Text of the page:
Test Your Knowledge

Your Brain's Health

Did you know your brain craves new things? All of our brains crave new things. In fact, one of the best things we can do for our long-term brain health is try new things. Yet sadly, most of us avoid new things like the plague, so to speak.

 

However, younger, youthful minds are flexible to new things, whereas older minds are more like cement, set and stagnant.

According to an article from Psychology Today, trying new things are important for these reasons:

As an example, say you heard there's some new entertainment you're interested in seeing, but instead you're told you can only see what's on the shelf at your local store, which happens to be movies, music, and books from a decade ago, give or take fifteen or twenty years. Sure, they're classics, and you'll always enjoy them, but for your brain's sake, take this test:

 

Name the year these came out. Now, now--no cheating with Google.

 

How healthy is your brain?

facebook.com/joeltmcgrath


1) "Trying something new often requires courage. And needing to summon courage is itself a benefit. Once it's released it will, like its second cousin once removed, anger, indiscriminately engulf everything in its path. How wonderful to open a flood of courage and be carried on its waves to destinations of unexpected benefit."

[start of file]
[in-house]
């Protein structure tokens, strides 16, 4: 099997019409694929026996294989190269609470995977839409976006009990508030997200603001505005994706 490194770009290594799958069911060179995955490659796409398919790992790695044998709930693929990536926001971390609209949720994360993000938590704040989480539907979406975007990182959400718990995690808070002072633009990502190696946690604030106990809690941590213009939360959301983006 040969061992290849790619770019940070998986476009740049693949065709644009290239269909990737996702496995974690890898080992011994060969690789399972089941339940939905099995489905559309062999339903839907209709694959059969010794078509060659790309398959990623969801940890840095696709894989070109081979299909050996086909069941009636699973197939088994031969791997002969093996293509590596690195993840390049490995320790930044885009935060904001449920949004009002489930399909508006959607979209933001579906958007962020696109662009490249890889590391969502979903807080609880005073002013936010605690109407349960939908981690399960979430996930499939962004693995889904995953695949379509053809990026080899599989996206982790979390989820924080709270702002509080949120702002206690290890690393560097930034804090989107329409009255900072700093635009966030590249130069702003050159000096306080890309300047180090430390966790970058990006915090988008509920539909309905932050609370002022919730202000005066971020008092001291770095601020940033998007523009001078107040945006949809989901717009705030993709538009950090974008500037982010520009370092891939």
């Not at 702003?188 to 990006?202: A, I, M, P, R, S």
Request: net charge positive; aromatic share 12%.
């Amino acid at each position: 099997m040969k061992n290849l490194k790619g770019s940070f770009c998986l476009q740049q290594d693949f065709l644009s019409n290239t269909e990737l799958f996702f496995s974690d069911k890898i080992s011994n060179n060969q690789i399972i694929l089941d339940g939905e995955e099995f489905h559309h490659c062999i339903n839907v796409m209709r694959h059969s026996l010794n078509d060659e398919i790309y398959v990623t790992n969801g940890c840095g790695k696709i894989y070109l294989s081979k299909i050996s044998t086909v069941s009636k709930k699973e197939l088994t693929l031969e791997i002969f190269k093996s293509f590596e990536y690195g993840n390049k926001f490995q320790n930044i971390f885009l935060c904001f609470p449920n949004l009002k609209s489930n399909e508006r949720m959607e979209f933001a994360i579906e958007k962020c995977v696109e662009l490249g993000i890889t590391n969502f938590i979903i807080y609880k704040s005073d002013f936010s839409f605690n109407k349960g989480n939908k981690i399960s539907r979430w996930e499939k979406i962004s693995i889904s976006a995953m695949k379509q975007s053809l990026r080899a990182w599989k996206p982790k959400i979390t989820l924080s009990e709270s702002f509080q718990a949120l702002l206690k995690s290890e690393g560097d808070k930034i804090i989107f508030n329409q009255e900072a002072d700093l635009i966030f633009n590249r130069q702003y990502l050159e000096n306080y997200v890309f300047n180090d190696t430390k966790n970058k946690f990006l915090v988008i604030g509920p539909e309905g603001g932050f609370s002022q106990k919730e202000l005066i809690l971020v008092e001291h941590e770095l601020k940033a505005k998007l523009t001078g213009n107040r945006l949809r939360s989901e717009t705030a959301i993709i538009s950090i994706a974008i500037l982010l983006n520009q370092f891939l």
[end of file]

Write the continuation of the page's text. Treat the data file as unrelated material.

2) "Trying something new opens up the possibility for you to enjoy something new. Entire careers, entire life paths, are carved out by people dipping their baby toes into small ponds and suddenly discovering a love for something they had no idea would capture their imaginations."

 

3) "Trying something new keeps you from becoming bored. Even I, the most routine-loving person I know, become bored if I'm not continually challenged in some way. And it's not the new challenges I'm eager to take on that represent my greatest opportunities for growth—it's the ones I'm not."

 

4) "Trying something new forces you to grow. We don't ever grow from taking action we've always taken (the growth that enabled us to be able to take it has already occurred). Growth seems to require we take new action first, whether it's adopting a new attitude or a new way of thinking, or literally taking new action. Thrusting yourself into new situations and leaving yourself there alone, so to speak, often forces beneficial change. A spirit of constant self-challenge keeps you humble and open to new ideas that very well may be better than the ones you currently hold dear (this happens to me all the time)."